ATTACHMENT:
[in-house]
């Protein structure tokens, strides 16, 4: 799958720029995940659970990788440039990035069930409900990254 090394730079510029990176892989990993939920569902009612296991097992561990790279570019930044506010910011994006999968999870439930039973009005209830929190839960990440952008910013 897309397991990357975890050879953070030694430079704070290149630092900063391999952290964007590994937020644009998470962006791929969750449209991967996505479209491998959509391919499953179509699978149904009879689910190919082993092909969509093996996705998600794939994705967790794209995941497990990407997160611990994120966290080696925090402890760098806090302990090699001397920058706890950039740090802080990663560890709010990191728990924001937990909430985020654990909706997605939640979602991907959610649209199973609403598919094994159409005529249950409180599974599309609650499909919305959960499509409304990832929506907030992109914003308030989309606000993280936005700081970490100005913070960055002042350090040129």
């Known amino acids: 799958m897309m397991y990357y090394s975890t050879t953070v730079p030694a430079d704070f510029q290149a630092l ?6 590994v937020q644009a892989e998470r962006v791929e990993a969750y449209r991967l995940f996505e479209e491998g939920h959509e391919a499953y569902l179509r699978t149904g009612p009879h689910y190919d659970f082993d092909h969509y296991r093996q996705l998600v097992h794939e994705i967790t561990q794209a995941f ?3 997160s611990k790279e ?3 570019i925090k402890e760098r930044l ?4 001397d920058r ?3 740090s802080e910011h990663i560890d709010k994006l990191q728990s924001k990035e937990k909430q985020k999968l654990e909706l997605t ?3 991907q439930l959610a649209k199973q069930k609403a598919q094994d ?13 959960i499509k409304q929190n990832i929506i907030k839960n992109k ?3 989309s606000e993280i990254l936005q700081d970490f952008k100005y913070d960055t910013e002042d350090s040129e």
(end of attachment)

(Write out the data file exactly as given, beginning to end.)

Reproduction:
[in-house]
């Protein structure tokens, strides 16, 4: 799958720029995940659970990788440039990035069930409900990254 090394730079510029990176892989990993939920569902009612296991097992561990790279570019930044506010910011994006999968999870439930039973009005209830929190839960990440952008910013 897309397991990357975890050879953070030694430079704070290149630092900063391999952290964007590994937020644009998470962006791929969750449209991967996505479209491998959509391919499953179509699978149904009879689910190919082993092909969509093996996705998600794939994705967790794209995941497990990407997160611990994120966290080696925090402890760098806090302990090699001397920058706890950039740090802080990663560890709010990191728990924001937990909430985020654990909706997605939640979602991907959610649209199973609403598919094994159409005529249950409180599974599309609650499909919305959960499509409304990832929506907030992109914003308030989309606000993280936005700081970490100005913070960055002042350090040129």
């Known amino acids: 799958m897309m397991y990357y090394s975890t050879t953070v730079p030694a430079d704070f510029q290149a630092l ?6 590994v937020q644009a892989e998470r962006v791929e990993a969750y449209r991967l995940f996505e479209e491998g939920h959509e391919a499953y569902l179509r699978t149904g009612p009879h689910y190919d659970f082993d092909h969509y296991r093996q996705l998600v097992h794939e994705i967790t561990q794209a995941f ?3 997160s611990k790279e ?3 570019i925090k402890e760098r930044l ?4 001397d920058r ?3 740090s802080e910011h990663i560890d709010k994006l990191q728990s924001k990035e937990k909430q985020k999968l654990e909706l997605t ?3 991907q439930l959610a649209k199973q069930k609403a598919q094994d ?13 959960i499509k409304q929190n990832i929506i907030k839960n992109k ?3 989309s606000e993280i990254l936005q700081d970490f952008k100005y913070d960055t910013e002042d350090s040129e």